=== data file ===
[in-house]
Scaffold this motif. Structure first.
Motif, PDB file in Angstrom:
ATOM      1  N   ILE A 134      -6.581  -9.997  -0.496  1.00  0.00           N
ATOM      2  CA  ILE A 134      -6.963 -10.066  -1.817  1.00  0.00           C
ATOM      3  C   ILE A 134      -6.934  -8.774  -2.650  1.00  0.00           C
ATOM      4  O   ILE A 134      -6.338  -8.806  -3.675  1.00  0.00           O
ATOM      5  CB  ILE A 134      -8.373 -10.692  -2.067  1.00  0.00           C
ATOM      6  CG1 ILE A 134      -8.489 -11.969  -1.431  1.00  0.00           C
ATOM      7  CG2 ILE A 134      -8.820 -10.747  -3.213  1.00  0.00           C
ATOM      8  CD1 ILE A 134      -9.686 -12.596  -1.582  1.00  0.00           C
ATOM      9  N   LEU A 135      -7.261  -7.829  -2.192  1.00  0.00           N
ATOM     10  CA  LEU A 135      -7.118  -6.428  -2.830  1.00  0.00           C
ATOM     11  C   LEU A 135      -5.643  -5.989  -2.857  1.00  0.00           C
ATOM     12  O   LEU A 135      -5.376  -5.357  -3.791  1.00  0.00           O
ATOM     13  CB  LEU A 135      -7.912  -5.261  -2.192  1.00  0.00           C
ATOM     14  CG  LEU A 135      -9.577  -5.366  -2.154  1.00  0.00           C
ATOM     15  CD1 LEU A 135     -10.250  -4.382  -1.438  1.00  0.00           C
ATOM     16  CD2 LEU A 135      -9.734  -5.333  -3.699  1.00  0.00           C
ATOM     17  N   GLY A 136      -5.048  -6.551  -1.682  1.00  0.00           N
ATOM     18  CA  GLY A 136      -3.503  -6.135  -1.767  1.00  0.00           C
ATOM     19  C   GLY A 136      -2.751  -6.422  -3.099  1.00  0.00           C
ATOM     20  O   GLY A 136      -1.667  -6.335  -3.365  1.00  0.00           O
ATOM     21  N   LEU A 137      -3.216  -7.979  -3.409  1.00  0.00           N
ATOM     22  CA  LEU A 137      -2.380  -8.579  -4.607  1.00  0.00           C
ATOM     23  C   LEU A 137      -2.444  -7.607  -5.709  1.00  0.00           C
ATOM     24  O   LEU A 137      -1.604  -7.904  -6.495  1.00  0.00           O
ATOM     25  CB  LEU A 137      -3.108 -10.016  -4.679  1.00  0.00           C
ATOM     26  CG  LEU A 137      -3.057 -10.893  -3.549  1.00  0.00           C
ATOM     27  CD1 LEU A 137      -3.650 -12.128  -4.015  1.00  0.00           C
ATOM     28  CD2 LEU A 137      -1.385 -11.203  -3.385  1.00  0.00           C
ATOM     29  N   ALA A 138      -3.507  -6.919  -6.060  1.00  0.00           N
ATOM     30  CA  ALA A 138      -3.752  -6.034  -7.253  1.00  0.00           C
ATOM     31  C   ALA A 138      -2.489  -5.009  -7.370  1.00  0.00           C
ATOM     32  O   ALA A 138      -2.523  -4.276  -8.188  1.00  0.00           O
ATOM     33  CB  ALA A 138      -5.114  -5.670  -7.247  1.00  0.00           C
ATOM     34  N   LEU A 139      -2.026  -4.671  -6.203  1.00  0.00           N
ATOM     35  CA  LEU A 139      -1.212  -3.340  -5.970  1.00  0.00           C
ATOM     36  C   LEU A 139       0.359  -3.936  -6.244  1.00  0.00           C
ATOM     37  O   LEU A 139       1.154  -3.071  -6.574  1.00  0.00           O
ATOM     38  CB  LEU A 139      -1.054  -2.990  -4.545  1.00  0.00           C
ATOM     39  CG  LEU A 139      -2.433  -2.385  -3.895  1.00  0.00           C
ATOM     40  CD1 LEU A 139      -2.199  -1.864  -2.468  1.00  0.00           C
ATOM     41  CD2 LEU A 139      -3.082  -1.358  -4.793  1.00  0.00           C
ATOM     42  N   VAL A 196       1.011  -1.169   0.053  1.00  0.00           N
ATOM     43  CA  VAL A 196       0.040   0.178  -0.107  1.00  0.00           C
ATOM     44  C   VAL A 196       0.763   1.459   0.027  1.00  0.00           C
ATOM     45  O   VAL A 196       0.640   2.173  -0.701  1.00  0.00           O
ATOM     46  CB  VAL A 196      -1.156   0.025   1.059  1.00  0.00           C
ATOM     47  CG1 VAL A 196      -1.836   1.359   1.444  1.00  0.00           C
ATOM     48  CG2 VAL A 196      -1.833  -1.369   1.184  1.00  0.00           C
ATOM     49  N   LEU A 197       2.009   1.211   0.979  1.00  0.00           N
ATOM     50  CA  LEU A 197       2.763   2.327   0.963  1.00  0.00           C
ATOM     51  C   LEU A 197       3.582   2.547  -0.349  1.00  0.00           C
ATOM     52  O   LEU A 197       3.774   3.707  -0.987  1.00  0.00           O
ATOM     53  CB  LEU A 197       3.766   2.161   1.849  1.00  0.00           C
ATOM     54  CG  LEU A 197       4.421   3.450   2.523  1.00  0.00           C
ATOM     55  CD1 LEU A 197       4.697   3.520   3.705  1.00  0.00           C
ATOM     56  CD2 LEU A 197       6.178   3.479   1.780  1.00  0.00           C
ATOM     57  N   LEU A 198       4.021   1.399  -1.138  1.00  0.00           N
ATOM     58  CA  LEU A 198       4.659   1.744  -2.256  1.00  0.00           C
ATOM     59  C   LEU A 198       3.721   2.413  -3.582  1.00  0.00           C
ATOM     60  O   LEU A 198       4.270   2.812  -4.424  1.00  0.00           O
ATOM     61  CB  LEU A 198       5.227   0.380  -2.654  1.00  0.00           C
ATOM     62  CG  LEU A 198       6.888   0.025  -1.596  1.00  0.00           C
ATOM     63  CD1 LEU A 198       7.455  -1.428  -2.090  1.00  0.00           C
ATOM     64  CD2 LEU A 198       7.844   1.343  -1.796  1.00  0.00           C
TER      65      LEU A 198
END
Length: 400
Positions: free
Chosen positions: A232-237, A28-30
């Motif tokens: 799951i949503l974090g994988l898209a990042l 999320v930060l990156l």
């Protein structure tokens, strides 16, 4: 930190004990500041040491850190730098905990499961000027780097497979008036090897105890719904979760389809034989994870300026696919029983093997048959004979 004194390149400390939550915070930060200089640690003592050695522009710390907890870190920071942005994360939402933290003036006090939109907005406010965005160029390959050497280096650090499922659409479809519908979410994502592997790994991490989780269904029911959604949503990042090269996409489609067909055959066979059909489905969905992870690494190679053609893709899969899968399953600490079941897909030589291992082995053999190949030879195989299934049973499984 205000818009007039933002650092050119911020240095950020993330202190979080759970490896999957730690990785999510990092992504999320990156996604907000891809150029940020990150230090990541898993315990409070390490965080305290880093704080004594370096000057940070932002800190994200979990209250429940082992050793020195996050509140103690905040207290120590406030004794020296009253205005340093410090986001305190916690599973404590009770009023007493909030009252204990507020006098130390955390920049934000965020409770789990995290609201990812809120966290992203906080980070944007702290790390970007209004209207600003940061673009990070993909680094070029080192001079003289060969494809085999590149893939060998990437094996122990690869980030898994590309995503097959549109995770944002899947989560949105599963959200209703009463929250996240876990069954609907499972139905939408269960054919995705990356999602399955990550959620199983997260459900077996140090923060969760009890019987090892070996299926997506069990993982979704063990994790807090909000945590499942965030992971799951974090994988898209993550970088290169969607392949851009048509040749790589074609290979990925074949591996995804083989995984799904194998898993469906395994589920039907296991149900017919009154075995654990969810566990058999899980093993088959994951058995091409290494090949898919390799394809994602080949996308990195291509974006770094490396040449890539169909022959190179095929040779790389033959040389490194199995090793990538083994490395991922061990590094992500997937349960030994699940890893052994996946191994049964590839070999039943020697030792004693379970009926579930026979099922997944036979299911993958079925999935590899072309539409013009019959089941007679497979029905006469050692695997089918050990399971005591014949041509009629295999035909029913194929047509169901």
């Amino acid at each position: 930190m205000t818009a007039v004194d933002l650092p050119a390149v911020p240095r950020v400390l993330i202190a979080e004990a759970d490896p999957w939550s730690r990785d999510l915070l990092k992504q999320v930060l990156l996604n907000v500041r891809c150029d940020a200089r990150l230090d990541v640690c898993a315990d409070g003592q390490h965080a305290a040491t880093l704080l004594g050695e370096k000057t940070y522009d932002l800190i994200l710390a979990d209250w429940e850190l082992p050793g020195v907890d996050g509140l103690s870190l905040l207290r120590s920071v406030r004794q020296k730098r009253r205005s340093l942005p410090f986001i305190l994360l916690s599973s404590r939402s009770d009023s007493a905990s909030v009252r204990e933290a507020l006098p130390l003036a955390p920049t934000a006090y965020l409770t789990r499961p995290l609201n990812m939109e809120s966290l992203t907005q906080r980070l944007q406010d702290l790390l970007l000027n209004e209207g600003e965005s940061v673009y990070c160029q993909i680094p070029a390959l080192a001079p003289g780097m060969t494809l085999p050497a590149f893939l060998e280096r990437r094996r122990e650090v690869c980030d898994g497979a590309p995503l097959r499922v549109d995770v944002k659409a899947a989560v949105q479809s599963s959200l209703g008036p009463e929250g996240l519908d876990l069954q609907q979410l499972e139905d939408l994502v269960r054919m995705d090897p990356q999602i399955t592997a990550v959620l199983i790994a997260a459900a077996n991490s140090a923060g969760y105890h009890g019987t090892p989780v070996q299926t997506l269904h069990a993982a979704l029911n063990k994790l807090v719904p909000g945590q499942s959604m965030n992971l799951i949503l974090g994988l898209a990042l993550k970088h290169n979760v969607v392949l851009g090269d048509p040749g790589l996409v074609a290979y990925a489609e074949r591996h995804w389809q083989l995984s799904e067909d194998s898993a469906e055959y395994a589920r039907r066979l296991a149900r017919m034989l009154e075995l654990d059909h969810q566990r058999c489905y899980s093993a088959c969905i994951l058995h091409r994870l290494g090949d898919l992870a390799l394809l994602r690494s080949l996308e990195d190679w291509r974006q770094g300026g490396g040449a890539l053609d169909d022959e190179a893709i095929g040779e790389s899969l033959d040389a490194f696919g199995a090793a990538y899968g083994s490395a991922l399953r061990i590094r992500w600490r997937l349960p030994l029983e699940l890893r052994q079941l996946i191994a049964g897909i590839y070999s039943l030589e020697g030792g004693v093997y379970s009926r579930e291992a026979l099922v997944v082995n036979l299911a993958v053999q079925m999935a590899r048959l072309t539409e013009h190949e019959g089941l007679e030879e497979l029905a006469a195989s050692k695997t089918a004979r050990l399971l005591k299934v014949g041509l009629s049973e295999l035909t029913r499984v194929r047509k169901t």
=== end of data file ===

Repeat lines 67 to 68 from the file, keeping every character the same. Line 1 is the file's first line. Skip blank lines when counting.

ATOM     64  CD2 LEU A 198       7.844   1.343  -1.796  1.00  0.00           C
TER      65      LEU A 198